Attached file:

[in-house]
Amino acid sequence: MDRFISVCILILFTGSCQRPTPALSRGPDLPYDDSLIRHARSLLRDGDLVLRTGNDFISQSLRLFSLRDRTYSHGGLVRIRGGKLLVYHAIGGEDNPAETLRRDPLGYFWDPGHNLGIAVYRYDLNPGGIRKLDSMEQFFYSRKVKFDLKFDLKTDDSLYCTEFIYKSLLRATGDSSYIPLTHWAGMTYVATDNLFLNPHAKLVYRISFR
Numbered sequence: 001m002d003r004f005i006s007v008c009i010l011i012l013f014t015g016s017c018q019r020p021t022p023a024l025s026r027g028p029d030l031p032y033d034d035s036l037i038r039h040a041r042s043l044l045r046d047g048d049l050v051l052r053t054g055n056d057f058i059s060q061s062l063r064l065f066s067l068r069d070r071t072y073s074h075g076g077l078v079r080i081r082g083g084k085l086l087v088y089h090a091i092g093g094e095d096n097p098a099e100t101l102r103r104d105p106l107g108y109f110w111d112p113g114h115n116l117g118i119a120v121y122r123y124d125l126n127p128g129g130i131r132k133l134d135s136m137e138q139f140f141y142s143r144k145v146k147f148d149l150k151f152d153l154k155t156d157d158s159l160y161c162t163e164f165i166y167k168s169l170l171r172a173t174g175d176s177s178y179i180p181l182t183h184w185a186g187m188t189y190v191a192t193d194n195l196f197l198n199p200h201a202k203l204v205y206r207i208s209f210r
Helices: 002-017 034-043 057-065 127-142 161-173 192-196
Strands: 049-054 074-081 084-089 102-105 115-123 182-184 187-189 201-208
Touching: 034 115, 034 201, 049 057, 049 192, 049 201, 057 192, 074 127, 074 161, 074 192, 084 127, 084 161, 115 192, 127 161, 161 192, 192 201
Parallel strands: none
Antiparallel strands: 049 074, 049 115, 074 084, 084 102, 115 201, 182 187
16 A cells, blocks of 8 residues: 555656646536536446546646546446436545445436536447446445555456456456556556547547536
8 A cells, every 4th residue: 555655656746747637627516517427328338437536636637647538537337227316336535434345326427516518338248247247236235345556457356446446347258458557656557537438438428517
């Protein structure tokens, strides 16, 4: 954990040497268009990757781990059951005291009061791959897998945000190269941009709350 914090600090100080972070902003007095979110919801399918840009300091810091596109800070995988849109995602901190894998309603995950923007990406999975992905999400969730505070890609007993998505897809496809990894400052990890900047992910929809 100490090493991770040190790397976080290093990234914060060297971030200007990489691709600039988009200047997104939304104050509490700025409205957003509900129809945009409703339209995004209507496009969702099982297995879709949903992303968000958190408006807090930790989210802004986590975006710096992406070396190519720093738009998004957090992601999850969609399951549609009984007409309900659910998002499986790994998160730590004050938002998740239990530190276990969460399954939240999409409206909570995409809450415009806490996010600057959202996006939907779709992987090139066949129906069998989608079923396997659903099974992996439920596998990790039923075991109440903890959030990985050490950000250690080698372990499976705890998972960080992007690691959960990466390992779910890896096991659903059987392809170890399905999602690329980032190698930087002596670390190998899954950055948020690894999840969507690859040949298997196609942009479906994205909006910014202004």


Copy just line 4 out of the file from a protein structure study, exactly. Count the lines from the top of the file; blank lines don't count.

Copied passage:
Helices: 002-017 034-043 057-065 127-142 161-173 192-196